Owl Pellets

Jen didn’t like the owls. She didn’t like the noise they made. That Jurassic World screech. It was a horrible, greedy sound. A wicked sound. 

Get some exercise“, meant that Jen should go and wear herself out for an hour while mum had one of her Zoom meetings at her kitchen table office. One hour was ten laps around the block. Fifteen if she really went for it. Cycling around the block had been boring from the start, but after three months it had become really boring.

After a while, Jen realised it didn’t really matter where she went, so long as she was back in sixty minutes. She set herself a challenge to see how much of the local area she could cover. Every road, every side-street, alleyway, and track in the neighbourhood, an hour at a time. Then one day, tyres bumping over gnarled roots on an overgrown track known locally as The Fairy Path, Jen heard the owls. 

Eerie screeches mingled with the squeal of brake-pads as she skidded her bike to a stop. The strange sounds Jen thought she’d heard came again, echoing along the narrow, muddy track. Terrified, she looked all around, searching for the source. Something so white it seemed to glow in the dimness of the tree-lined passage drifted silently over her head. 

The barn owls had made their nest high in the hollow trunk of an ancient elm. Jen stood and watched as the adults took turns flying out, only to return carrying tiny wriggling things with brightly coloured wings. Maybe they were butterflies or dragonflies, maybe they were tiny birds. 

The piercing calls of the owlets, hidden somewhere within the elm never seemed to stop, even as meal after meal arrived. Jen really didn’t like that sound. Not just because it had given her such a shock, but because she felt like there was something wrong about it. Something more than hunger, more than greed. Something wicked, she thought.

She couldn’t remember where she’d read it, but Jen knew that owls coughed up the bones, fur, and feathers of their prey. Pellets, they called them. Searching around the base of the elm, she found them. Half a dozen or so dark, damp looking sausage-shaped things. Jen picked them up in an empty crisp packet, pulling the bag inside out like a dog-walker cleaning up after their pet. 

That evening, mum was chatting on the phone to aunty Anne. Aunty Anne’s husband, uncle Dave, delivered parcels. It turned out that uncle Dave had seen Jen pushing aside brambles round the back of the old boarded-up church, making her way onto the Fairy Path. He’d called out to her from his van, but she hadn’t heard him. Jen was in trouble. Mum was furious. No more rides around the block on her own. She couldn’t be trusted.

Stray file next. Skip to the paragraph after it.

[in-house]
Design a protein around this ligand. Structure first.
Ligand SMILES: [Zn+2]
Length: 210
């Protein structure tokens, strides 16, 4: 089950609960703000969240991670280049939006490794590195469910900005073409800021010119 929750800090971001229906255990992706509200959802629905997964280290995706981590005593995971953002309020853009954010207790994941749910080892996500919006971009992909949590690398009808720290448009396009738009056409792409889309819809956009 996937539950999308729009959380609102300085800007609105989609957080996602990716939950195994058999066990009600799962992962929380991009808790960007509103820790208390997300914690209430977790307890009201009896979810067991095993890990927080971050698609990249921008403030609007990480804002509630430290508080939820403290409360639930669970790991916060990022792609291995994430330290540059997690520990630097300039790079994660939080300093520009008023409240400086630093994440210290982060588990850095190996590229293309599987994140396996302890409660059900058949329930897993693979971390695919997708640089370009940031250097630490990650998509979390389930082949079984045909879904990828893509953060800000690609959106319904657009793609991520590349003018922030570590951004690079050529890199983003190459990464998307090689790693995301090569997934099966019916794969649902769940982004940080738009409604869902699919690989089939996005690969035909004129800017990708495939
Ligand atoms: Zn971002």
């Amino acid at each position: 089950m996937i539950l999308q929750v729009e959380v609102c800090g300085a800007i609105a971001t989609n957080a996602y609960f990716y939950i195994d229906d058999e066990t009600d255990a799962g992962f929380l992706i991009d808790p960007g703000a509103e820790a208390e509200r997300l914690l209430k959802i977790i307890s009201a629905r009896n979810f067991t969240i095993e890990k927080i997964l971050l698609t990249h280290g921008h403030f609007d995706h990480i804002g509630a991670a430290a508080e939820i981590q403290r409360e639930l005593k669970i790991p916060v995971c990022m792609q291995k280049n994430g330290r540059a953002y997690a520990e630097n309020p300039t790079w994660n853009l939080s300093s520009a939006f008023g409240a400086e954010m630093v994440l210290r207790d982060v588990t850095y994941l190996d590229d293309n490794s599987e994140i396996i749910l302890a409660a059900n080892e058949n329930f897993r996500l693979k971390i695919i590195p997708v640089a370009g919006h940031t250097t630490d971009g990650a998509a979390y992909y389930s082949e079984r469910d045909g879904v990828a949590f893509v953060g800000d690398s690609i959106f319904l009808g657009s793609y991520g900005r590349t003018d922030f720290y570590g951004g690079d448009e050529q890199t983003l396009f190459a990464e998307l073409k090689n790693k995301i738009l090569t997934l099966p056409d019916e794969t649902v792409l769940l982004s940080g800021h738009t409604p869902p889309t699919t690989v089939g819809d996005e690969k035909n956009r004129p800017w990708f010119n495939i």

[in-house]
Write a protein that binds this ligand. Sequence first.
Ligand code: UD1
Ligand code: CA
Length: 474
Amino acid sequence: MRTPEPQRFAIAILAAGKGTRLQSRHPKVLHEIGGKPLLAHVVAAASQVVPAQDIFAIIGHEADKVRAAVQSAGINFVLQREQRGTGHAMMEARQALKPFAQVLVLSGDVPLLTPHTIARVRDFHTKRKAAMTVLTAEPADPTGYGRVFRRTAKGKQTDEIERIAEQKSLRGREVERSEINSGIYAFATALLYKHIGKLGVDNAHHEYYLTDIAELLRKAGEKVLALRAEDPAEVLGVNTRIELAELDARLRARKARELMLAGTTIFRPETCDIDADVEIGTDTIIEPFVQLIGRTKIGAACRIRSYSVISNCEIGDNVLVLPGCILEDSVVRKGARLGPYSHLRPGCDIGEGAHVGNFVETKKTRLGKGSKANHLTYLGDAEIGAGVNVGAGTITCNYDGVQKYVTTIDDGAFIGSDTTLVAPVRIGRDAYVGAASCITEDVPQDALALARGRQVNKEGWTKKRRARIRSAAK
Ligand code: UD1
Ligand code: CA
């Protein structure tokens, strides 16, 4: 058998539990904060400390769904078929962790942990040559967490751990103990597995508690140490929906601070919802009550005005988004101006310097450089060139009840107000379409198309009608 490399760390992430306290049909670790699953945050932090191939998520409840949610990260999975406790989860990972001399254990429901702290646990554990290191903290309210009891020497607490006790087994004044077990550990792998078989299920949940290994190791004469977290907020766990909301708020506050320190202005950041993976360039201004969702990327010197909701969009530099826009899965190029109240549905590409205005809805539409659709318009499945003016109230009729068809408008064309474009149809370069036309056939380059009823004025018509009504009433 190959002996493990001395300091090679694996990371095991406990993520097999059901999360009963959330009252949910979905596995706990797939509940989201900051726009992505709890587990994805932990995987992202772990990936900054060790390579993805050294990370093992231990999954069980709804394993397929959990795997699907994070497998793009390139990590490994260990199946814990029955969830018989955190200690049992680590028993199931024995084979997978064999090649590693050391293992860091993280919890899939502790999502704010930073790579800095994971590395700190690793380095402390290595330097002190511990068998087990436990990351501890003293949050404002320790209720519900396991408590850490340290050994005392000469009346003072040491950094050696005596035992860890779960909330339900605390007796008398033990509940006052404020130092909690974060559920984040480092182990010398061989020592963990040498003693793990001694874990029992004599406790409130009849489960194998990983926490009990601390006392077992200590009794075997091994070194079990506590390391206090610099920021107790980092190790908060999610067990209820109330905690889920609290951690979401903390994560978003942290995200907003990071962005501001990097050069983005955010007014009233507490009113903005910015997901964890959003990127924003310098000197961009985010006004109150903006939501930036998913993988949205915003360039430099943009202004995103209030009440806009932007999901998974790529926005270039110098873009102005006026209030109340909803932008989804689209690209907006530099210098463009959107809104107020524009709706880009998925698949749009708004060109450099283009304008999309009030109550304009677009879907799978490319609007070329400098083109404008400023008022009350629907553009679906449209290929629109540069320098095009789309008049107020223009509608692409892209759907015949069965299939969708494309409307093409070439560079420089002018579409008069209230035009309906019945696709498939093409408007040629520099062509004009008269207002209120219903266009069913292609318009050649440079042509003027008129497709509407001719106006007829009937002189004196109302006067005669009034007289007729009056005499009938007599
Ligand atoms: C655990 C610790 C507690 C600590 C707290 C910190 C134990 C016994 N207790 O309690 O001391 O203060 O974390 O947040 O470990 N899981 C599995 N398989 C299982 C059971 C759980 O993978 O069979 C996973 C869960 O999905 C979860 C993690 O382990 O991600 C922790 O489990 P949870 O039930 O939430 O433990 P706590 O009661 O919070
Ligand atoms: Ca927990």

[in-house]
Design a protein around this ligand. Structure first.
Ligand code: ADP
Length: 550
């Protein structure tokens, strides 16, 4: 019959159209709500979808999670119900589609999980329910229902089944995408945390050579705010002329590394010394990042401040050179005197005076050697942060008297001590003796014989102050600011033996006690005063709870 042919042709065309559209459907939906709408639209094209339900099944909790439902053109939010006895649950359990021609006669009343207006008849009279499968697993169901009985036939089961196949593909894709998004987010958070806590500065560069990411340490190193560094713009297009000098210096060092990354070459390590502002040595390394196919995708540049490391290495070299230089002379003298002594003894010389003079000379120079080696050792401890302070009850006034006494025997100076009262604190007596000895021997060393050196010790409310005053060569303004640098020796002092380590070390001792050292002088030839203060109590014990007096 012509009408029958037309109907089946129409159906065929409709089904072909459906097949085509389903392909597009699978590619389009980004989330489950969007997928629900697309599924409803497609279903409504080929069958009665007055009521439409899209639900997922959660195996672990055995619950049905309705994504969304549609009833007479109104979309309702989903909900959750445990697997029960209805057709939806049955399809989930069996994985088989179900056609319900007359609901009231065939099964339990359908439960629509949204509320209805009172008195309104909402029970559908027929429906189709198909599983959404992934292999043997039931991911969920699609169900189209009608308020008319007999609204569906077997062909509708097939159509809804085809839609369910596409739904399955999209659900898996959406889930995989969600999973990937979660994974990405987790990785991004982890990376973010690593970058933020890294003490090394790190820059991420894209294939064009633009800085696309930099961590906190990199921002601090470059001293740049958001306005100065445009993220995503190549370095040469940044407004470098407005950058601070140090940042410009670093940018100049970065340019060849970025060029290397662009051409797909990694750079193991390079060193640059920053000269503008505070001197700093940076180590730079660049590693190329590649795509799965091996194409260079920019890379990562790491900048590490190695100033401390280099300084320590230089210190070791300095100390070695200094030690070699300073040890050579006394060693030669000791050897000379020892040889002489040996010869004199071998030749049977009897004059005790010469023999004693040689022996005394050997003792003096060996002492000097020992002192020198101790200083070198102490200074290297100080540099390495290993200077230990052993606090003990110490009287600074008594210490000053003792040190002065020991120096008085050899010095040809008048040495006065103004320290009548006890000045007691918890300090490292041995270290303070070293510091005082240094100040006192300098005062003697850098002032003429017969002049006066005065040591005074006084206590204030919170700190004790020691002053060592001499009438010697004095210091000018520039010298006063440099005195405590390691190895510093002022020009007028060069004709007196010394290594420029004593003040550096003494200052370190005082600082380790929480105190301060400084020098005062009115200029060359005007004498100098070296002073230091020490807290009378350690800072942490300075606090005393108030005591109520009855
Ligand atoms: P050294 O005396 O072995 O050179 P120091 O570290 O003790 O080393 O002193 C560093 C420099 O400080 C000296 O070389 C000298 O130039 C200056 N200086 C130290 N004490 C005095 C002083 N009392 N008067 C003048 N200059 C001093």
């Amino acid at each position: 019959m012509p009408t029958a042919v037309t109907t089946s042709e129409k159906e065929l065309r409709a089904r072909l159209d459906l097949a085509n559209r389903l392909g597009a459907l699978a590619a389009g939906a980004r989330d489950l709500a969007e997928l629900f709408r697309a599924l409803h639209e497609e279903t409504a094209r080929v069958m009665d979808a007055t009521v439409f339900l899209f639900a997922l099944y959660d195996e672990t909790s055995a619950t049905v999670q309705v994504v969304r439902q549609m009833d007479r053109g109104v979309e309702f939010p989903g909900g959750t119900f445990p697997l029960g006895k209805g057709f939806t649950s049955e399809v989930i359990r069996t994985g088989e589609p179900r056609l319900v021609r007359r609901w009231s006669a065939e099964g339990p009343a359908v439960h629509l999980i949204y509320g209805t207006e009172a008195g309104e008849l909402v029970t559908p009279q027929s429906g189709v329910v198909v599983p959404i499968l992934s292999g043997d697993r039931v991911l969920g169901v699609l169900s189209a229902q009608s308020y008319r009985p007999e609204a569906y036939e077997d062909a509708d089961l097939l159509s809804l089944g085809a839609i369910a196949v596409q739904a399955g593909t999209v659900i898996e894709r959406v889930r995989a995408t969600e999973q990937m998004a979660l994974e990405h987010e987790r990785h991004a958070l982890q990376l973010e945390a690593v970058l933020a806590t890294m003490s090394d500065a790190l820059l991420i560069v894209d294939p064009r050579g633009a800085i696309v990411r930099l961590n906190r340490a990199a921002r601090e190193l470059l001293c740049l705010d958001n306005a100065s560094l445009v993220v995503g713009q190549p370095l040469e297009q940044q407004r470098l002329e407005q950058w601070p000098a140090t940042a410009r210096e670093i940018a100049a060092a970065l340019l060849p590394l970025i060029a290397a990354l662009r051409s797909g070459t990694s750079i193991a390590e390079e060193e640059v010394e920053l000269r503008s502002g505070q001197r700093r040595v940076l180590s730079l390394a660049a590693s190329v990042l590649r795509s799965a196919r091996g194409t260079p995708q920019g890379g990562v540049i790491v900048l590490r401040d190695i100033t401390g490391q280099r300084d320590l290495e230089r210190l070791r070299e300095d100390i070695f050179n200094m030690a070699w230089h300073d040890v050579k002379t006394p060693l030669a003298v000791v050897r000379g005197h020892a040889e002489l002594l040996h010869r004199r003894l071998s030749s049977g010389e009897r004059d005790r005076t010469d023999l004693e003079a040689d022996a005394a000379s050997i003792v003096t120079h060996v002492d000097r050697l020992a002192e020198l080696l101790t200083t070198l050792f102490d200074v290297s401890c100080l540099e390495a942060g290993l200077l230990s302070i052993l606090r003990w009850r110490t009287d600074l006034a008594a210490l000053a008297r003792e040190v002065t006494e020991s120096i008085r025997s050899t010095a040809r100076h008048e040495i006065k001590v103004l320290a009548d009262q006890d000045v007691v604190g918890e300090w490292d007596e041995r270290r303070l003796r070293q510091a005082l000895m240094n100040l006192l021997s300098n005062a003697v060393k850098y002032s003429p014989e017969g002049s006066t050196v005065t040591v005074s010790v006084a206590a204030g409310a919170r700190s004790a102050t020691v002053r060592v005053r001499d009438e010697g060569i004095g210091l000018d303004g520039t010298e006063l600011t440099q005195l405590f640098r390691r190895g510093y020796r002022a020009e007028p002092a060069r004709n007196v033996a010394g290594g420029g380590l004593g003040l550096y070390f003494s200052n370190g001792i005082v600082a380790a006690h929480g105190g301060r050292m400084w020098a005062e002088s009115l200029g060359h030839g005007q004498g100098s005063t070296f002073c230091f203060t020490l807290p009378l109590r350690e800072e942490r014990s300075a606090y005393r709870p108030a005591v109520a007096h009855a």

Jen knew she’d done wrong. Knew mum wouldn’t be happy if she found out she’d been going further than she was supposed to. Even so, she was surprised just how upset mum was. It was Jen’s ride along the Fairy Path which seemed to upset her the most. 

Days passed. A week.  Jen’s bike leant untouched against the garden shed. 

Mum was in a meeting in the kitchen, but no hour’s exercise for Jen. She had to occupy herself quietly in the house. That was when she remembered the owl pellets. 

Jen found the old magazine where she’d first read about them. To find out what owls had been eating you needed to soak their pellets in water, then carefully tease them apart. The article included pictures of some of the bones you might find. Tiny delicate jawbones, ribs, and vertebrae of rodents and birds.

What Jen found didn’t match anything in the magazine. Each was no larger than the tip of her finger. The bone – if it was bone – so paper-thin that no sooner had she uncovered one it collapsed in on itself, seeming to melt under the glare of the bathroom light. Skulls. 

Tiny skulls with disproportionately huge sockets, where Jen felt certain great big insect-eyes once sat. She remembered the bright, twitching things she’d seen the owls carrying in their beaks. The insatiable screeching of the hungry owlets. That horrible, wicked sound. 

Jen thought of her ride along the forbidden path.

Then she remembered its name.